Automatic Budget Cuts Will Harm Children's Futures, Says Save the Children

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Save the Children's President and CEO Carolyn Miles Releases the Following Statement:

WESTPORT, Conn. (Feb. 27, 2013) — Just two weeks ago, President Obama pledged that as a nation we need to "come together to protect our most precious resource — our children." It is a travesty that, unless Congress and the President can reach an agreement, we are only hours away from nearly $85 billion in automatic, across-the-board funding cuts, halting crucial efforts to protect and provide for children in the United States and around the world.

We urge our leaders to do what we teach the preschoolers in Save the Children's programs every day: play nice; get along; and work it out. Time is running out for Congress and the President to set aside politics and do what it takes to ensure that the most vulnerable among us, our children, are not the ones who pay the price of the looming budget cuts.

Children's programs make up a fraction of the budget, but cutting them will have a negative impact on entire lives and futures. Without an agreement by our country's leaders, children around the world and right here in America will face the following risks:

Around the world:[i]

  • More than 1 million children will go without preventative treatment from life-threatening diseases like pneumonia.
  • More than 350,000 orphaned and vulnerable children will miss out on getting the boost they need through good nutrition, schooling and economic opportunities.
  • 111,000 fewer HIV-positive pregnant women will receive Prevention of Mother to Child Transmission services, leading to more than 21,000 babies being infected with HIV.

In America:[ii]

  • More than 2,700 schools will lose critical federal funds, affecting nearly 1.2 million students in need.
  • 70,000 young children will lose access to early learning services, and more than 10,000 teachers could lose their jobs.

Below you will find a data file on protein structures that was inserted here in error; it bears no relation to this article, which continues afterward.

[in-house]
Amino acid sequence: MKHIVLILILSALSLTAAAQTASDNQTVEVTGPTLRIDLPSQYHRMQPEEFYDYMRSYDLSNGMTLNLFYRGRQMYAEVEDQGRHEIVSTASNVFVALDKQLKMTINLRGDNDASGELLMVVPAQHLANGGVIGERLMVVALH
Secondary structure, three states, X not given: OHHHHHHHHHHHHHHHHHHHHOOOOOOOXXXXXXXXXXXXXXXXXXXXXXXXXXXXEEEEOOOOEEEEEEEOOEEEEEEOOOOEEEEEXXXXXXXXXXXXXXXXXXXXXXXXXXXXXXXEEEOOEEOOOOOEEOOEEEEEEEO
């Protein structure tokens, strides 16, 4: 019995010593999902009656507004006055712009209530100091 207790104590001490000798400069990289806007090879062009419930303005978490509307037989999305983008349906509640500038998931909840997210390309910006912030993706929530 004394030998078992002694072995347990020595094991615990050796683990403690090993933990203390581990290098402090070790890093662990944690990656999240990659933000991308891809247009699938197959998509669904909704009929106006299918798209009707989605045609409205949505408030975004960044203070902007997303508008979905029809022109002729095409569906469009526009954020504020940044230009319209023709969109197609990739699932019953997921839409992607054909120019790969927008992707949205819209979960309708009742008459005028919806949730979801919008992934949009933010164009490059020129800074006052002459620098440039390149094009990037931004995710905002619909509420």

• Up to 30,000 children will lose access to child care.
  • Roughly 600,000 mothers and children will be dropped from the Women, Infants and Children (WIC) feeding program through the end of September 2013, threatening their health and nutrition.

At Save the Children, we know first-hand the difference that investments in early learning programs can make in helping children get ready for and succeed in school. We have also made tremendous progress in reducing the number of young children dying from treatable and preventable causes and are dedicated to making the promise of an AIDS-free generation a reality. Save the Children has long advocated for more resources and investments in such programs.

At a time when nearly one in four children in America lives in poverty, and vulnerable girls and boys around the world face disease, hunger and unspeakable violence, making deep and disproportionate cuts to child-focused programs is unconscionable. It is true that difficult choices must be made to reduce our deficit, but our leaders must not balance the budget on the backs of children.

Sign our petition to urge Congress to oppose funding cuts that threaten to harm children's futures:

Save the Children Save the Children is the leading independent organization for children in need, with programs in 120 countries, including the United States. We aim to inspire breakthroughs in the way the world treats children, and to achieve immediate and lasting change in their lives by improving their health, education and economic opportunities. In times of acute crisis, we mobilize rapid assistance to help children recover from the effects of war, conflict and natural disasters. Follow us on Twitter and Facebook.

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[i] Source for global statistics:, pages 2 and 3
[ii] Source for U.S. statistics: White House data published on

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